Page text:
The Longest Night of Charlie Noon – Guest Post Christopher Edge

Today I am delighted to welcome Christopher Edge to the blog with a special guest post to celebrate the release of his latest extraordinary book, ‘The Longest Night of Charlie Noon.’ When Dizzy tells Charlie that he found something in the woods last night they set out to investigate despite warnings from the horrid Johnny who claims monsters lie in the woods. However their curiosity outweighs their fears but nothing can prepare them for what they discover deep inside the woods. With puzzles and dangers lurking at every corner can they make it out of the dark woods when seemingly there’s no escape! Once again Christopher has blown my mind with this highly imaginative tale filled with twists and turns. He takes you on an emotional rollercoaster of a journey as they try to make sense of what is happening as time plays tricks on their minds. Prepare to have your senses stimulated, your mind messed with in this emotional and extraordinary story.

The Longest Night of Charlie Noon – Christopher Edge

“Once upon a time, three kids got lost in the woods.

Sounds like a fairy story, doesn’t it?

But what exactly is a time?”

So begins the prologue to The Longest Night of Charlie Noon, but why do so many stories take us into the woods? From tales of Hansel and Gretel to The Wind in the Willows, adventures up the Faraway Tree and Bilbo Baggins battling giant spiders in the depths of Mirkwood, there’s something special about the landscape that storytellers find beneath a roof of leaves.

When I was researching The Longest Night of Charlie Noon, I spent one very scary night alone in the ancient woodland of Lower Woods where the story is set. As darkness fell and the shadows grew around me, I couldn’t help but feel that I’d been here before. Then I remembered that I had, in the pages of a story. One of my favourite childhood books was Danny, The Champion of the World by Roald Dahl, and as I stepped through the darkness of Lower Woods, I felt like I was Danny, searching for his dad in the darkness of Hazell’s Wood; Dahl’s evocative description of this experience always accompanied in my mind by Jill Bennett’s magical illustrations.

The Longest Night of Charlie Noon is also linked to another, maybe more-forgotten, classic of children’s literature: the novel Brendon Chase by the author, illustrator and naturalist Denys Watkins-Pitchford, who wrote under the pen name ‘BB’. When researching the book I immersed myself in nature writing, reading wonderful books by Robert Macfarlane and Patrick Barkham to name but a couple, both writers who have mentioned the formative influence of this novel, as does Philip Pullman who writes in Daemon Voices of the Blakean delight he found in BB’s writing about the natural world.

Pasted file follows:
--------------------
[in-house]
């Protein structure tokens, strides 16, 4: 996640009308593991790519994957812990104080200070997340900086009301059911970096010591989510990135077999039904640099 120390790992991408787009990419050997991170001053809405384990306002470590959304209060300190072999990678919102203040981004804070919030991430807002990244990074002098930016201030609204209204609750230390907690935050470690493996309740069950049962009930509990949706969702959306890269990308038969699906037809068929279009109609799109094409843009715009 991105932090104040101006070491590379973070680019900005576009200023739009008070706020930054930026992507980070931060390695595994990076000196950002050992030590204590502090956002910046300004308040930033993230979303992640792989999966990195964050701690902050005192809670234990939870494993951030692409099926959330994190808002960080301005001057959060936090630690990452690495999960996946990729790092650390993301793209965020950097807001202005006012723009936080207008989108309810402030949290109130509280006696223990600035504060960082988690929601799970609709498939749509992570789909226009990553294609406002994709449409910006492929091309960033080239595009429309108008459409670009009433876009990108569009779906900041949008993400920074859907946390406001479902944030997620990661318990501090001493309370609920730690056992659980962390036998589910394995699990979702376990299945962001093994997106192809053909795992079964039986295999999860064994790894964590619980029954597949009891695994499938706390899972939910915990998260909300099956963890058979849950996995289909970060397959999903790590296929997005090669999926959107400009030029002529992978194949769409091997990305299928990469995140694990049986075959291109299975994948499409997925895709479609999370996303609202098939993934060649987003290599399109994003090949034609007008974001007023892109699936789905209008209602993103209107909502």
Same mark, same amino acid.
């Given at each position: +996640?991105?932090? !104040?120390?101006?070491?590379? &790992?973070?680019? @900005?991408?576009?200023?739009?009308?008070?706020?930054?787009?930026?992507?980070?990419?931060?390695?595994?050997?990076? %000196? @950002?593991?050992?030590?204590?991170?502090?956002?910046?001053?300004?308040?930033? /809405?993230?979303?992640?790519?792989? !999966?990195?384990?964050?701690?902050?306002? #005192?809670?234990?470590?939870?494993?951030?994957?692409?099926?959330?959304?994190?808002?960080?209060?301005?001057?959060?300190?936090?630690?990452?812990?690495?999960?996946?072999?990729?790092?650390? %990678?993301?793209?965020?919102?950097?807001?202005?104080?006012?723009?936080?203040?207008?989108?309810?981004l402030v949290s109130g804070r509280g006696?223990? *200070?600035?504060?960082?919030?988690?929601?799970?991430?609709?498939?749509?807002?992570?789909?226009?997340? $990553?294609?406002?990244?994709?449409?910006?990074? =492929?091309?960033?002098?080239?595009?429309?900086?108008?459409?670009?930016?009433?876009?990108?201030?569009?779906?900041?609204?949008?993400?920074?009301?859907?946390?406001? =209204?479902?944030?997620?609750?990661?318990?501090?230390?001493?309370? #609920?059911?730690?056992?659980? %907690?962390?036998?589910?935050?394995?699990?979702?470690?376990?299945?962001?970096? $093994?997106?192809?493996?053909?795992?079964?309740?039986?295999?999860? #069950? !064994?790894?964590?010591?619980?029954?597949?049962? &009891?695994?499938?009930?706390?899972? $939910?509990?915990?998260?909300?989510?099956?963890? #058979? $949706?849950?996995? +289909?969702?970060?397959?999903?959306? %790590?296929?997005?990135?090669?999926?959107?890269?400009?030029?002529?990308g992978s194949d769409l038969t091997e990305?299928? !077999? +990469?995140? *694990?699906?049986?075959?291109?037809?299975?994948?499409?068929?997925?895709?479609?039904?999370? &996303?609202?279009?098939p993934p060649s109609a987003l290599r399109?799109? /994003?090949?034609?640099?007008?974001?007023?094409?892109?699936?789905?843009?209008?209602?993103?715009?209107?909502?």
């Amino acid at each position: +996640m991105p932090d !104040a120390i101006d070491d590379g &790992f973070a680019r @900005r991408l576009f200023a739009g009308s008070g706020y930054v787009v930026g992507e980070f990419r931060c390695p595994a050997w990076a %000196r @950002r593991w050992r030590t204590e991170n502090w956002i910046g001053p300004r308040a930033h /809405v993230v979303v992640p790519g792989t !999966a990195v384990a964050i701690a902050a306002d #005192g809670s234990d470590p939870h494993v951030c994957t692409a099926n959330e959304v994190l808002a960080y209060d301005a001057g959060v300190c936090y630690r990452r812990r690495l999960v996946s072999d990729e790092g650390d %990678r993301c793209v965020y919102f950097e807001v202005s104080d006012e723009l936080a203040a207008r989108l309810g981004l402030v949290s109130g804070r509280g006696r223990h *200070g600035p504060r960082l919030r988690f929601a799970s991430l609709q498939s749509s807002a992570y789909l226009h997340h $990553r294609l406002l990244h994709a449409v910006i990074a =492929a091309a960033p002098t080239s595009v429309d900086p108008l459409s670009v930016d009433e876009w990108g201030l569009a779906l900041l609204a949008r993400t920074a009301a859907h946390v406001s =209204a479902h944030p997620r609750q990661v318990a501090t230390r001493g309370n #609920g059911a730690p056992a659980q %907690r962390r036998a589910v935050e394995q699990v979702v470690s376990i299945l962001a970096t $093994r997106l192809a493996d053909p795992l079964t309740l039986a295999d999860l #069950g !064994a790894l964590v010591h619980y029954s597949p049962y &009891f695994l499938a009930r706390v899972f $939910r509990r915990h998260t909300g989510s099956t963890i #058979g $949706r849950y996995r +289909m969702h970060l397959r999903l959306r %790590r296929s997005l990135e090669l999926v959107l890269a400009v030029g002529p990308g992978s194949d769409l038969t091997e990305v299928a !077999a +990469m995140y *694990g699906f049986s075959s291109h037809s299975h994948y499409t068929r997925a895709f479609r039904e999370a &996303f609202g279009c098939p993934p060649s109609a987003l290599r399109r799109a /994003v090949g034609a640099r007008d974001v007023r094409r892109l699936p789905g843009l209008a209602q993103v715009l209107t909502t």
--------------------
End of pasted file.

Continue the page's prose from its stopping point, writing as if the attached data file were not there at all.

When I finished the first draft of The Longest Night of Charlie Noon, I picked up a copy of Brendon Chase and in it I found strange parallels with the story I was telling. First published in 1944, but set in the inter-war period, Brendon Chase is about three boys who run away from home to live wild in the woods for months, making their home in a hollow oak tree. The Longest Night of Charlie Noon is about three children who spend just one night in the woods, but for Charlie, Dizzy and Johnny, this night seems to last for a very long time…

In another essay from Daemon Voices, Philip Pullman writes of ‘the path through the wood’, categorising these as ‘the difference between the story-world and the story-line’ and stressing that the duty of the storyteller is to stick to the path. I think he’s absolutely right, but the wonderful thing about stories about woods is that the path has to lead through the darkness of the trees before you can reach the light.

I’ll leave you with one final quotation from The Longest Night of Charlie Noon:

“This tree may look old, but it is only a fleeting moment in the universe. Once upon a time it was a seed, then a sapling and, in another time and place, it will be something else again.” Maybe even a book…

Perhaps that’s why stories so often take us into the woods – it’s because the paper that they’re printed on retains the memories of the trees they once were.

Thank you to Christopher for this really intriguing guest post.

Blog Tour

Why not join in with the rest of the blog tour for more special guest posts and reviews.

Thank you to Clare and Nosy Crow for inviting me to join in with the blog tour and for sending me a gifted copy of this book. ‘The Longest Night of Charlie Noon,’ is available to buy online or from any good bookshop.

Leave a Reply

Fill in your details below or click an icon to log in: Logo

You are commenting using your account. Log Out /  Change )

Twitter picture

You are commenting using your Twitter account. Log Out /  Change )

Facebook photo

You are commenting using your Facebook account. Log Out /  Change )

Connecting to %s

This site uses Akismet to reduce spam. Learn how your comment data is processed.